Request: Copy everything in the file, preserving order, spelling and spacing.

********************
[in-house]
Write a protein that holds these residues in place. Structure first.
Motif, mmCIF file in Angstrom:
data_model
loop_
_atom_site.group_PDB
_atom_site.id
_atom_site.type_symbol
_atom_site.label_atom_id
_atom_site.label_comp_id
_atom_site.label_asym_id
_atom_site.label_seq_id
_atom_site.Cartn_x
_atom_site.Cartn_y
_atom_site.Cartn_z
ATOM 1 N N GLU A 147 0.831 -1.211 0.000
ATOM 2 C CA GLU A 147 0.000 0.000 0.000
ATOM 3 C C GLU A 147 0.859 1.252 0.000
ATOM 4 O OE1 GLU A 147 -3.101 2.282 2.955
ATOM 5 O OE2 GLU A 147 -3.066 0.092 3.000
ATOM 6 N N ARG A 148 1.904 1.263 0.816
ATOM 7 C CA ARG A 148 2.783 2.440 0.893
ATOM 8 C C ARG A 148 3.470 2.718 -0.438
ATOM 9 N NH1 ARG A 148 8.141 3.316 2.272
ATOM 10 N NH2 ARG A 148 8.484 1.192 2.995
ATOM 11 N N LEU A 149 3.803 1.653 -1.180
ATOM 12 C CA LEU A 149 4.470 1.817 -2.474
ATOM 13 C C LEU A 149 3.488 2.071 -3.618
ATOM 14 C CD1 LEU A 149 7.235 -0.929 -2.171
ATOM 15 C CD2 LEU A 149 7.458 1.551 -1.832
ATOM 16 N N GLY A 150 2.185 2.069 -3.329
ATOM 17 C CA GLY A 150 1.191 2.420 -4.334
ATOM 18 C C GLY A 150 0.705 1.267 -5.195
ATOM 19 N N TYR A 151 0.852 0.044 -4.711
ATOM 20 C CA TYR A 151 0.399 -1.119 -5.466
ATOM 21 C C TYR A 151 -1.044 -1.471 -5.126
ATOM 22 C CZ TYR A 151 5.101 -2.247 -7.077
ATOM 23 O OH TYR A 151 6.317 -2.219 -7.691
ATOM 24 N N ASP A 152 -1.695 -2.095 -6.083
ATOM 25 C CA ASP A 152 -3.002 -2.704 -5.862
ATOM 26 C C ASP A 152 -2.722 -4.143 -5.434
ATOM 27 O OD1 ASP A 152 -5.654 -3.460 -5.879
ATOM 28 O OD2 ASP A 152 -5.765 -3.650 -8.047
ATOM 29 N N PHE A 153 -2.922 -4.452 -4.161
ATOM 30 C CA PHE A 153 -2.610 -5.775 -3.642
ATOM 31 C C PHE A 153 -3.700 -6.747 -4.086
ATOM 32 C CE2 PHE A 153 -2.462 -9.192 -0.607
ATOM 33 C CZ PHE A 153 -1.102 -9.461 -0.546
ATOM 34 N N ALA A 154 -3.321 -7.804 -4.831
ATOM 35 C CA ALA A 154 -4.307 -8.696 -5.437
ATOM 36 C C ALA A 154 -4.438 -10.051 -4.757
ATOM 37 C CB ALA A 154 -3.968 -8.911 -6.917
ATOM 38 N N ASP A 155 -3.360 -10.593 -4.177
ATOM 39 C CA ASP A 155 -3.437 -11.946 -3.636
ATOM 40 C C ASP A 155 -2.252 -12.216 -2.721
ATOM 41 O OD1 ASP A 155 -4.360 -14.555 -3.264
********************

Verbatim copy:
[in-house]
Write a protein that holds these residues in place. Structure first.
Motif, mmCIF file in Angstrom:
data_model
loop_
_atom_site.group_PDB
_atom_site.id
_atom_site.type_symbol
_atom_site.label_atom_id
_atom_site.label_comp_id
_atom_site.label_asym_id
_atom_site.label_seq_id
_atom_site.Cartn_x
_atom_site.Cartn_y
_atom_site.Cartn_z
ATOM 1 N N GLU A 147 0.831 -1.211 0.000
ATOM 2 C CA GLU A 147 0.000 0.000 0.000
ATOM 3 C C GLU A 147 0.859 1.252 0.000
ATOM 4 O OE1 GLU A 147 -3.101 2.282 2.955
ATOM 5 O OE2 GLU A 147 -3.066 0.092 3.000
ATOM 6 N N ARG A 148 1.904 1.263 0.816
ATOM 7 C CA ARG A 148 2.783 2.440 0.893
ATOM 8 C C ARG A 148 3.470 2.718 -0.438
ATOM 9 N NH1 ARG A 148 8.141 3.316 2.272
ATOM 10 N NH2 ARG A 148 8.484 1.192 2.995
ATOM 11 N N LEU A 149 3.803 1.653 -1.180
ATOM 12 C CA LEU A 149 4.470 1.817 -2.474
ATOM 13 C C LEU A 149 3.488 2.071 -3.618
ATOM 14 C CD1 LEU A 149 7.235 -0.929 -2.171
ATOM 15 C CD2 LEU A 149 7.458 1.551 -1.832
ATOM 16 N N GLY A 150 2.185 2.069 -3.329
ATOM 17 C CA GLY A 150 1.191 2.420 -4.334
ATOM 18 C C GLY A 150 0.705 1.267 -5.195
ATOM 19 N N TYR A 151 0.852 0.044 -4.711
ATOM 20 C CA TYR A 151 0.399 -1.119 -5.466
ATOM 21 C C TYR A 151 -1.044 -1.471 -5.126
ATOM 22 C CZ TYR A 151 5.101 -2.247 -7.077
ATOM 23 O OH TYR A 151 6.317 -2.219 -7.691
ATOM 24 N N ASP A 152 -1.695 -2.095 -6.083
ATOM 25 C CA ASP A 152 -3.002 -2.704 -5.862
ATOM 26 C C ASP A 152 -2.722 -4.143 -5.434
ATOM 27 O OD1 ASP A 152 -5.654 -3.460 -5.879
ATOM 28 O OD2 ASP A 152 -5.765 -3.650 -8.047
ATOM 29 N N PHE A 153 -2.922 -4.452 -4.161
ATOM 30 C CA PHE A 153 -2.610 -5.775 -3.642
ATOM 31 C C PHE A 153 -3.700 -6.747 -4.086
ATOM 32 C CE2 PHE A 153 -2.462 -9.192 -0.607
ATOM 33 C CZ PHE A 153 -1.102 -9.461 -0.546
ATOM 34 N N ALA A 154 -3.321 -7.804 -4.831
ATOM 35 C CA ALA A 154 -4.307 -8.696 -5.437
ATOM 36 C C ALA A 154 -4.438 -10.051 -4.757
ATOM 37 C CB ALA A 154 -3.968 -8.911 -6.917
ATOM 38 N N ASP A 155 -3.360 -10.593 -4.177
ATOM 39 C CA ASP A 155 -3.437 -11.946 -3.636
ATOM 40 C C ASP A 155 -2.252 -12.216 -2.721
ATOM 41 O OD1 ASP A 155 -4.360 -14.555 -3.264